#1

How would I find the zeros for this function?

x^4 + x^3 - 6x^2 - 14x + 12

To find the zeros, would you basically factor it and use the quadratic equation if necessary to find the complex zeros? I tried factoring it using the factor theorem, but none of the factors of 12 work out.

x^4 + x^3 - 6x^2 - 14x + 12

To find the zeros, would you basically factor it and use the quadratic equation if necessary to find the complex zeros? I tried factoring it using the factor theorem, but none of the factors of 12 work out.

#2

polynomial division??????

#3

polynomial division??????

That's what I was just trying out. I'll post when I get results.

#4

polynomial division??????

?

What would I divide by? I've tried using the factor theorem, but none of the factors of 12 work out.

#5

Are you sure that it's +12 at the end? It would work out with -12.

#6

plug it into a graphing calculator and see where it crosses the x axis

#7

Crap, I learned this a couple months ago and I've already forgotten it.

#8

Hmm. I'll double check that. I'll ask a friend in a bit. If it was -12, x-3 would be a factor.

I need help with a similar problem. Find the other zeros, given that 3 + 2i is one of them.

x^4 - 8x^3 + 7x^2 - 38x + 26

3 - 2i is one for sure, but how would I find the others? Same process as the previous problem, as in working with factors of 26 until I find a real zero?

I need help with a similar problem. Find the other zeros, given that 3 + 2i is one of them.

x^4 - 8x^3 + 7x^2 - 38x + 26

3 - 2i is one for sure, but how would I find the others? Same process as the previous problem, as in working with factors of 26 until I find a real zero?

#9

#10

Divide it using 3+2i and 3-2i.

#11

Yeah, synthetic division is the way to go.

Also, fun fact: 2 zeros, not nice points.

Also, fun fact: 2 zeros, not nice points.

*Last edited by tylerishot at Apr 5, 2008,*

#12

Synthetic Division.....

We just did this in Algebra II a week ago so yeah..... I was almost like "Oh **** I forgot this!"

We just did this in Algebra II a week ago so yeah..... I was almost like "Oh **** I forgot this!"

#13

Hmm. I'll double check that. I'll ask a friend in a bit. If it was -12, x-3 would be a factor.

I need help with a similar problem. Find the other zeros, given that 3 + 2i is one of them.

x^4 - 8x^3 + 7x^2 - 38x + 26

3 - 2i is one for sure, but how would I find the others? Same process as the previous problem, as in working with factors of 26 until I find a real zero?

Done the second one. The roots are: 3+2i, 3-2i, 1+i, 1- i.

Working:

If 3+2i and 3-2i are given, then we can show the following using the polynomail theorem:

x^4 - 8x^3 + 7x^2 - 38x + 26 = (x-(3-2i))(x-(3+2i))(Ax^2 + Bx + C)

From here you expand out the first two brackets, you end up with:

(x^2 -3x -2ix -3x +9 +6i +2ix -6i +4)(Ax^2 + Bx + C)

Now look in the first bracket, and see what cancels:

(x^2 -6x +13)(Ax^2 +Bx +c)

Then expand this:

.... i'm not gonna write that out, it takes ages.

Then equate the coefficients:

x^4 - 8x^3 + 7x^2 - 38x + 26 = Ax^4 +(B-6)x^3 + (C-6B+13)x^2 + (13B-6C)x +13C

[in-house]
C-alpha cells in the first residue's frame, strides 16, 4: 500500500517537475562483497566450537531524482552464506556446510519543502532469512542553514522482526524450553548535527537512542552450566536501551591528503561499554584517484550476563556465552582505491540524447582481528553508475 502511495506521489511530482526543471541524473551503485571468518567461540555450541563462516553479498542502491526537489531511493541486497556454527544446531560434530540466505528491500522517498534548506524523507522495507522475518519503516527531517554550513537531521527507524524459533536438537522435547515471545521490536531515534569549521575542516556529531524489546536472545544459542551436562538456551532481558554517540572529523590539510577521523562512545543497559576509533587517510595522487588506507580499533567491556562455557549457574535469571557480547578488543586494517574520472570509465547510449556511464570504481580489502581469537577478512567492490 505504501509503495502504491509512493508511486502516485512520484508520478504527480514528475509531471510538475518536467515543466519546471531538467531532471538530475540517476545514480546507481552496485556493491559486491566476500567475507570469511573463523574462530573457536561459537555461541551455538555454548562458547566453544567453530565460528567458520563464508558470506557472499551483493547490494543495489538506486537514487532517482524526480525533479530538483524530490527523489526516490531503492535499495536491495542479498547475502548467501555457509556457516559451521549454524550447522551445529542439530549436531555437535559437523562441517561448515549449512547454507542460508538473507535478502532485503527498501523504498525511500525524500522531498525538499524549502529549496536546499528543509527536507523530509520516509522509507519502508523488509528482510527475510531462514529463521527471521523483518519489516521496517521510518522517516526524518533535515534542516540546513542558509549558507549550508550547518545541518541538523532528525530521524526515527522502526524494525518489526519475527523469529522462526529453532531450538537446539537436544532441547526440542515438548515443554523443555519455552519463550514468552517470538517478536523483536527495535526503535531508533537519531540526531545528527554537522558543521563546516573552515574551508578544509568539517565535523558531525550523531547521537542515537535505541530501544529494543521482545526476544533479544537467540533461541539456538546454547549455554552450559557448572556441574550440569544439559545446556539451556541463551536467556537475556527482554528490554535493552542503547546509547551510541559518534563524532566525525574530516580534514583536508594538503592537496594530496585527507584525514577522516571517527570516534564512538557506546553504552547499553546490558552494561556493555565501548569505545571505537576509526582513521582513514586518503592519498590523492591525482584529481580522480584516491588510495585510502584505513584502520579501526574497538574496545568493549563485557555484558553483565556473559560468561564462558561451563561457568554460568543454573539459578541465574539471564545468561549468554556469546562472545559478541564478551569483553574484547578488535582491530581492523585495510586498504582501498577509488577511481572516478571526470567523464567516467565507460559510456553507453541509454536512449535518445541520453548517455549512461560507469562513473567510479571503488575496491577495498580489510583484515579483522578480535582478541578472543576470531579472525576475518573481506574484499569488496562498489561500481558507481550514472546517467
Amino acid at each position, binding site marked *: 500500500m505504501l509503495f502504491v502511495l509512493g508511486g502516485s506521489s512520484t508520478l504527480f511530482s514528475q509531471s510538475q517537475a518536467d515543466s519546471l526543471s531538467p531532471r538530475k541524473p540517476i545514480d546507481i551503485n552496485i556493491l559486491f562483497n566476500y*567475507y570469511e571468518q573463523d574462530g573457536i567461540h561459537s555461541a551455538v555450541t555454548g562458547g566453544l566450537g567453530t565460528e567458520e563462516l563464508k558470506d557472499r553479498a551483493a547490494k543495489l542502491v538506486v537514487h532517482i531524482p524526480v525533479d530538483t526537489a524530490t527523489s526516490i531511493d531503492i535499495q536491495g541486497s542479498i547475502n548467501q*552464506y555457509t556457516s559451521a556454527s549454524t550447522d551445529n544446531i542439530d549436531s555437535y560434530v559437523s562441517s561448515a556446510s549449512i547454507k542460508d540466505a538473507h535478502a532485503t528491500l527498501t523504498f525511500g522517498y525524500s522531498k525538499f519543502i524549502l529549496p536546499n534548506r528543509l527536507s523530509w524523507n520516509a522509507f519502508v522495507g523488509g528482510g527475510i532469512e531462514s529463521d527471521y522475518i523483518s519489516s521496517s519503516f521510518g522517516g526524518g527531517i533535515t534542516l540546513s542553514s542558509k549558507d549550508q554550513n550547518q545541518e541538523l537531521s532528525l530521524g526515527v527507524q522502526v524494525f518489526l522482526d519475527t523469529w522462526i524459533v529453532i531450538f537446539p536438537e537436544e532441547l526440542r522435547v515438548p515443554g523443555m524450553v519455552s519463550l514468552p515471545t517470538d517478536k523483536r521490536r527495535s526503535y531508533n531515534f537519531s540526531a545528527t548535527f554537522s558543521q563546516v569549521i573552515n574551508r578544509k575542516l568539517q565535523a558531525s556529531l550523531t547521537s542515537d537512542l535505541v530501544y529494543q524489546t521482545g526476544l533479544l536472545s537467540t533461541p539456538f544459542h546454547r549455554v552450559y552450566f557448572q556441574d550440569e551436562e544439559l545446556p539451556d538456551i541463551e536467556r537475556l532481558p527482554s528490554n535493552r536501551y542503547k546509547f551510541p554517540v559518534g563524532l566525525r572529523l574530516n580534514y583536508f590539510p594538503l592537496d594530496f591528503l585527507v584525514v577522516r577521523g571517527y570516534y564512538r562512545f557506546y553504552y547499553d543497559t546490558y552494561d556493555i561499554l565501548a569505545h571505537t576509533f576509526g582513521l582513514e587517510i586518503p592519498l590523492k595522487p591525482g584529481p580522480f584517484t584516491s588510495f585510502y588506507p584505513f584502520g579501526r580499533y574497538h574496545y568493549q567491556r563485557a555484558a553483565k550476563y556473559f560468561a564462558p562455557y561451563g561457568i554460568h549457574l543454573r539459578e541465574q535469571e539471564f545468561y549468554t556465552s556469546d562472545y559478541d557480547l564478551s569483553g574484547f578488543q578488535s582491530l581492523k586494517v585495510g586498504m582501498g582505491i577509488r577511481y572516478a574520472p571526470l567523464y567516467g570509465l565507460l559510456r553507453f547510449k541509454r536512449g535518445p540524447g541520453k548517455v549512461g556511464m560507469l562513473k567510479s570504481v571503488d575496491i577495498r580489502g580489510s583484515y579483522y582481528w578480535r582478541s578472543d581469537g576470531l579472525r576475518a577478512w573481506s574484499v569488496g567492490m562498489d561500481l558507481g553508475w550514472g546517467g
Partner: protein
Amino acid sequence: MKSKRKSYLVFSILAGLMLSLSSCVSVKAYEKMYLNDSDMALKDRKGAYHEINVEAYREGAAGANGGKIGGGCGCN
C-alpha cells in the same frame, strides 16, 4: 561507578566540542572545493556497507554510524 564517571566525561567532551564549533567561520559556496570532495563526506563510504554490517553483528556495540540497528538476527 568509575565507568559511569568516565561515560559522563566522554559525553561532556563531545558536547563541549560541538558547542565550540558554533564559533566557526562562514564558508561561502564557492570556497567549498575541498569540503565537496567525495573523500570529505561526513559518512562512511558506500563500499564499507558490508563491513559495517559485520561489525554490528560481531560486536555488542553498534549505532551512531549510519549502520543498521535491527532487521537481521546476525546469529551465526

From the first coefficient you can see that A=1 so that's why i didn't include A in the other coefficients.

So

B-6 = -8

13C = 26 So C = 2 and B = -2

And this is where i think you made a mistake in writing out the problems equation: 7x^2 should be 27x^2 methinks. Otherwise it's bullsh*t.

Anyway, then you go back a few steps and substitute A,B and C:

x^4 - 8x^3 + 7x^2 - 38x + 26 = (x-(3-2i))(x-(3+2i))(x^2 -2x + 2)

Then use the quadratic formula on the second quadratic, resulting in two more roots:

1+i and 1- i.

Yea?

#14

I'm still learning quadratic equations >_>

#15

btw for the first one, it's too hard to do straight off the bat like that. I did A level Cambridge and the hardet question like that that they could ask you would have at least one 'nice' root like 1,-1,0,2, or -2. They would then expect you to use the polynomial theorem.

#16

i just had to do an assignment on this. i think you set x to zero, and find the dilation factor...

im dropping to maths a next term cuz i dont really need maths b, and cuz im sh*t at it... hahaha

im dropping to maths a next term cuz i dont really need maths b, and cuz im sh*t at it... hahaha

#17

The equation is to the Fourth power so it has 4 zeros. Whenever an i is involved the oppisite of i is also. Use synthetic division to devide both of those out. When you are finished use the quadratic formula.

#18

graphing calculator? you can probably find some kind of freeware calculator on the net even.

anyways,

x= .691 , 2.63

anyways,

x= .691 , 2.63

#19

graphing calculator? you can probably find some kind of freeware calculator on the net even.

anyways,

x= .691 , 2.63

ARe those exact answers or estimations.

#20

those are exact answers unless you need them to like what? 10 decimal places?

#21

those are exact answers unless you need them to like what? 10 decimal places?

well he should prob use the exact answer (fractions). He could use the decimals and see if they are the same value of any of the fractions you get by taking p over q

#22

graphing calculator? you can probably find some kind of freeware calculator on the net even.

anyways,

x= .691 , 2.63

those are exact answers unless you need them to like what? 10 decimal places?

nah man they're quite off aye. If you sub 2.63 in, you get -0.28644739 which is way off.

Besides, we want algebraically elegant roots and methinks at least two are complex.